Eighty per cent of staff turnover is caused by bad hiring decisions, according to the Harvard Business Review. There are many reasons why your staff turnover is high and finding these snags in your recruitment process is the key to reducing this. The most frequent reason is lack of personal development; people feel their happiest if they are learning and developing their skills. If employees feel there is no way to progress, then this may deflate their motivation and willingness to work. But few organisations question whether problems within their own recruiting processes actually turn away potential talent. If your recruiting strategy exhibits any of the following obstacles, it’s time for a rethink.
Self-Centred Job Advertisements
Most job advertisements speak extensively about the talent, skills and qualifications a candidate must have, but do nothing to sell the job to the applicant. A three-page list of essential requirements tells potential candidates that you care more about satisfying an HR checklist than you do about nurturing your staff’s potential and attracting the best people for the job. Instead of being besotted with the company’s culture and the prospect of working for you, talented applicants are likely to run for the hills. If that sounds unlikely in today’s difficult labour market, remember that talented candidates always have other options.
A recent survey by UK research firm Staffing, revealed that a staggering 47 per cent of job candidates had bailed on a prospective employer because the hiring process was so frustrating. Difficult-to-navigate recruitment portals, onerous communication, complex application forms and ambiguous job descriptions fall into this category.
No Human Face
If your business spends thousands on marketing but pennies on its recruitment communications, you’ve got the balance wrong. Talented applicants deserve more than an impersonal “your application has been received” letter (the passive voice isn’t welcoming, either). So, thank the candidate for applying. Tell them that you’re genuinely pleased to receive their application. Give them a human contact and a direct telephone number or email address. Most of all, tell them what happens next. Candidates who receive identified recruitment steps and a realistic timetable are more likely to stick around.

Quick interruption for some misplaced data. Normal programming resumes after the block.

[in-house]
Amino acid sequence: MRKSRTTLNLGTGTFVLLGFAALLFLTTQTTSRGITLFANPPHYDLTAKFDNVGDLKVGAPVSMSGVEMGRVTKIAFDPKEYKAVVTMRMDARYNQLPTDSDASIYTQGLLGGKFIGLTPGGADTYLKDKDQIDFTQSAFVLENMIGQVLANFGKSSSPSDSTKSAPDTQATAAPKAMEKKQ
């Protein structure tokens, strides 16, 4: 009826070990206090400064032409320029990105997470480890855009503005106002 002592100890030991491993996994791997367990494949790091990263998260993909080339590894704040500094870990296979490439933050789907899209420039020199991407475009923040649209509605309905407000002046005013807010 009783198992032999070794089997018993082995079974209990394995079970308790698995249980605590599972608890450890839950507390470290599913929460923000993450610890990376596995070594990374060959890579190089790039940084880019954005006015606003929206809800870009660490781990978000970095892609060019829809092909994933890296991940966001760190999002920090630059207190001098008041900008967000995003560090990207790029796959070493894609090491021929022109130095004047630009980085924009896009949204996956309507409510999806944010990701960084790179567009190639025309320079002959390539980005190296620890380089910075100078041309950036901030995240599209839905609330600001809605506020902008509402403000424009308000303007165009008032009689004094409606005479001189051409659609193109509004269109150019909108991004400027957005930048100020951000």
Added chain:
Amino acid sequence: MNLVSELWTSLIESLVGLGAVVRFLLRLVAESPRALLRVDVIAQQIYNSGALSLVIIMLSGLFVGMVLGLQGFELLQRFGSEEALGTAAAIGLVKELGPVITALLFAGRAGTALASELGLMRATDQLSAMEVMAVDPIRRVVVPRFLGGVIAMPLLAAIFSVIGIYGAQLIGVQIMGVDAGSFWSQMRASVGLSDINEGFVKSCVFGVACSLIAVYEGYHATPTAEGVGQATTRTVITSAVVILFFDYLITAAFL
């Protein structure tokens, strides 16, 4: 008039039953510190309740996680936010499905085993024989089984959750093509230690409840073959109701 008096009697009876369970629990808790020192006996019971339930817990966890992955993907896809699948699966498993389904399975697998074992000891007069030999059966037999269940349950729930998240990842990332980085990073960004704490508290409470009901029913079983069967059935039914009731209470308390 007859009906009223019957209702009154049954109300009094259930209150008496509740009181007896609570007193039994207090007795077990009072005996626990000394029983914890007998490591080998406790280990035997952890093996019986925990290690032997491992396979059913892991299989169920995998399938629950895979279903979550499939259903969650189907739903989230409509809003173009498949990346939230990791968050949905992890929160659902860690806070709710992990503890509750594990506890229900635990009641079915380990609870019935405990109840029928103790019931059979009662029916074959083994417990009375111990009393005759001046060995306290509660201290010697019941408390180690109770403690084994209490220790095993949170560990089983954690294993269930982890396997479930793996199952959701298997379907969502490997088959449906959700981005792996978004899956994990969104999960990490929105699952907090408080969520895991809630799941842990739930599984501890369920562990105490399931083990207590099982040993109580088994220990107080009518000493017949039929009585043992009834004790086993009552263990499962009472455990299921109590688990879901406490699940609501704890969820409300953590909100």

Every organisation has a culture and, whether you want it to or not, it will shine through your recruitment practices. Candidates use the application process as a barometer for the organisation’s working environment: show inflexibility, and the candidate has every right to assume that he’ll have little independence in the role.
Most people want to work in an organisation that puts their people first. They want their boss to show unfailing respect for the work they do. They want consideration for the little hiccups that life throws in the way, such as an office-hours medical appointment or a family bereavement. Throw them into a recruitment process that disengages leadership, favours process over empathy or delegates the recruitment decision to an unconnected third party, and your applicants are not going to champion your firm. Before you know it, the best talent will have gone.
The recruitment process, and the first three months of a new employee, are crucial to determine if they are going to stay in the business. If you avoid the above mistakes in your recruitment process, then you’ll be sure to reduce your staff turnover. It is good to make your new employee as immersed in the role as possible and give them a helping hand when needed. If the new employee feels comfortable and welcomed, then they are more likely to stay. If you follow these two steps, then you will find the best employees that suit your business and ones that are going to stay.